Skip to main content

Rebecca Evans Minister for Social Services and Public Health

First published:
15 December 2016
Last updated:

This was published under the 2016 to 2021 administration of the Welsh Government

The Food Standards Agency’s (FSA) programme of work entitled “Regulating our Future” sets out the FSA’s proposals for a new sustainable and effective regulatory system with the aim of ensuring that businesses across England, Wales and Northern Ireland meet their responsibilities in producing food that is safe, and is what it says it is. The FSA’s intention is that the new regulatory programme will redefine how it will obtain assurances that businesses are doing the right thing for consumers. With this in mind the FSA further intends to design a new regulatory framework that is dynamic enough to keep pace with innovations across the food sector and embrace new technologies, and flexible enough to be able to adapt to future circumstances, such as the new relationship that will be required with the European Union. The FSA’s website provides further information on this programme of work

The FSA’s work remit impacts upon a number of ministerial portfolios, promoting frequent interactions with officials across the Welsh Government, in particular with the departments that support me, as Minister for Social Services and Public Health, Vaughan Gething AM, Cabinet Secretary for Health, Well-being and Sport, Lesley Griffiths AM, Cabinet Secretary for Environment and Rural Affairs, and Prof Mark Drakeford AM, Cabinet Secretary for Finance and Local Government. We have considered the proposals as they currently stand within the “Regulating our Future” programme of work and in response have developed a Welsh Government Position Statement. The Statement which  was considered and agreed by me and my Ministerial colleagues and  issued to the FSA on 13 December 2016  is set out below for your information. This Position Statement is intended to provide the FSA in Wales with clarity on the Welsh Government’s position as they continue to develop their proposals.

Welsh Government Position Statement in Response to The Food Standards Agency’s Regulating our Future (RoF) Proposals

  • When proposing change to the current food safety system the FSA should give primary consideration to its main statutory objective of protecting public health from risks which may arise in connection with the consumption of food, and otherwise to protect the interests of consumers in relation to food.
  • The Welsh Government would like the FSA, as part of the Regulating our Future programme of work, to explore and advise the Welsh Government on the possibility of introducing an enhanced system of registration or licensing that would require prior approval rather than a right of registration for all food businesses. In doing so, the FSA should consider the scope for charging applicants a fee to recover the costs incurred, or expected to be incurred, in undertaking official controls.
  • Welsh Government’s preference is for continued independent, consistent local authority food hygiene inspections to be prioritised and maintained at appropriate levels.
  • The Welsh Government acknowledges that there is benefit in accreditation and third party audits to improve businesses’ compliance, and their ability to supply other food businesses with manufactured food products. Accreditations and third party audits could be used by local authorities evidentially when determining levels of compliance, risk-rating and intervention frequency. They should not be seen as replacing the need for independent food safety auditing by a local authority.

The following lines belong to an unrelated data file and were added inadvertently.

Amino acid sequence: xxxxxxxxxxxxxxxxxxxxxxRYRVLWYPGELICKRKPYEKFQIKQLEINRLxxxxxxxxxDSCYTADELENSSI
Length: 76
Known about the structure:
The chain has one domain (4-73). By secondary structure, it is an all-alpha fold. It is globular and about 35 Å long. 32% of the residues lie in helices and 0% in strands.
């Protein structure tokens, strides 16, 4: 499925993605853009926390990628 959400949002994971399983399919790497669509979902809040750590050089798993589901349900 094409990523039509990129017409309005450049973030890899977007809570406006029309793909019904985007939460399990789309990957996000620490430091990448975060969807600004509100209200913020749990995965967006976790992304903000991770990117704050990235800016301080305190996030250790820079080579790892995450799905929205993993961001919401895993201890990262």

• The statutory Food Hygiene Rating Scheme (FHRS) has been highly successful in raising food hygiene standards of food businesses in Wales. Consumers and businesses have confidence in the independent consistent inspections carried out by local authorities that generate ratings. Ratings are generated as a result of intervention inspections. Welsh Government would not wish to see consumer confidence in the FHRS undermined by infrequent inspections, or inspections carried out by auditors who are not independent of the food business, or those they supply. It would also be inappropriate for food businesses to receive FHRS inspections independent of intervention inspections as this would add to the burden of auditing experienced by food businesses and would be resource intensive for both businesses and regulators. The scheme will be enhanced from November 2016 to require information about hygiene ratings to be published on certain takeaway food businesses’ hard copy leaflets and there are plans to look at publishing ratings on food businesses’ websites. This is an important and successful piece of legislation for Wales that is now being replicated in other administrations. The Welsh Government would not wish to see this system compromised by any changes brought about by “Regulating our Future”.
  • The Welsh Government is open to changes that enhance food business regulation on a ‘what works’ approach to improving services across the whole of Wales. Any such improvements should be for the long term and meet the requirements of the Well-being of Future Generations (Wales) Act 2015.
  • The Welsh Government endorses the FSA’s objective to ensure that all food businesses fully accept, prioritise and deliver their duty to protect the consumer.

In the spirit of joint working across the Welsh Government portfolio this position statement is endorsed by Vaughan Gething AM, Cabinet Secretary for Health, Well-being and Sport, Lesley Griffiths AM, Cabinet Secretary for Environment and Rural Affairs, Prof Mark Drakeford AM, Cabinet Secretary for Finance and Local Government and Rebecca Evans AM, Minister for Social Services and Public Health.